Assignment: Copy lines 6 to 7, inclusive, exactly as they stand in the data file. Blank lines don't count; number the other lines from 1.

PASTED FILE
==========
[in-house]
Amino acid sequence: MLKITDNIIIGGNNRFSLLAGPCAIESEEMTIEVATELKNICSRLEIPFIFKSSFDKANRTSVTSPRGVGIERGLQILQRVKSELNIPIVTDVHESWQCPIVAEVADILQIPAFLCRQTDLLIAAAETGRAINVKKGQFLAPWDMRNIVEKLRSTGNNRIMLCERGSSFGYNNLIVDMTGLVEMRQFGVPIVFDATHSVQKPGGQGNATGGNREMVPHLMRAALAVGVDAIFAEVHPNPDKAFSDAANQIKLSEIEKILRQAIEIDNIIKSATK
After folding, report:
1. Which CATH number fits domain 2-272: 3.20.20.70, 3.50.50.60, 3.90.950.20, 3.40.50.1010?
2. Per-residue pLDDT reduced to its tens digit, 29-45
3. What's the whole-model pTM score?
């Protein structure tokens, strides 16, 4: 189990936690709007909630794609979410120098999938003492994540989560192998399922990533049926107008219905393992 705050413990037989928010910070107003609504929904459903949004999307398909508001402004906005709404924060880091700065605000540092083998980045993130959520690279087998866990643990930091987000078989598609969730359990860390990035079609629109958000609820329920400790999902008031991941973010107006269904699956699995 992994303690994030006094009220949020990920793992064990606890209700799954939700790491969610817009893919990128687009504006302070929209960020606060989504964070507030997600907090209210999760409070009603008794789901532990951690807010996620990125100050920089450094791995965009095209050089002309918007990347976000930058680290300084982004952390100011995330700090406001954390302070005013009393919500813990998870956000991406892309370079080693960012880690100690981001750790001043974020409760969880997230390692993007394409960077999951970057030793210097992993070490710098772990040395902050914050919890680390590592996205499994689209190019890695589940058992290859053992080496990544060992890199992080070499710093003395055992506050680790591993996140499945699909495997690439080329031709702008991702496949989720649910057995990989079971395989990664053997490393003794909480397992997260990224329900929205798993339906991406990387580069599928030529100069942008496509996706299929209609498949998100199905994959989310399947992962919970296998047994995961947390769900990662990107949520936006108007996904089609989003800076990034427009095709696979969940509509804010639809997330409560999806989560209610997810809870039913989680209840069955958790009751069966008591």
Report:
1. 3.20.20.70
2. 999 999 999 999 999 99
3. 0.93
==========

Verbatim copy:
3. What's the whole-model pTM score?
């Protein structure tokens, strides 16, 4: 189990936690709007909630794609979410120098999938003492994540989560192998399922990533049926107008219905393992 705050413990037989928010910070107003609504929904459903949004999307398909508001402004906005709404924060880091700065605000540092083998980045993130959520690279087998866990643990930091987000078989598609969730359990860390990035079609629109958000609820329920400790999902008031991941973010107006269904699956699995 992994303690994030006094009220949020990920793992064990606890209700799954939700790491969610817009893919990128687009504006302070929209960020606060989504964070507030997600907090209210999760409070009603008794789901532990951690807010996620990125100050920089450094791995965009095209050089002309918007990347976000930058680290300084982004952390100011995330700090406001954390302070005013009393919500813990998870956000991406892309370079080693960012880690100690981001750790001043974020409760969880997230390692993007394409960077999951970057030793210097992993070490710098772990040395902050914050919890680390590592996205499994689209190019890695589940058992290859053992080496990544060992890199992080070499710093003395055992506050680790591993996140499945699909495997690439080329031709702008991702496949989720649910057995990989079971395989990664053997490393003794909480397992997260990224329900929205798993339906991406990387580069599928030529100069942008496509996706299929209609498949998100199905994959989310399947992962919970296998047994995961947390769900990662990107949520936006108007996904089609989003800076990034427009095709696979969940509509804010639809997330409560999806989560209610997810809870039913989680209840069955958790009751069966008591």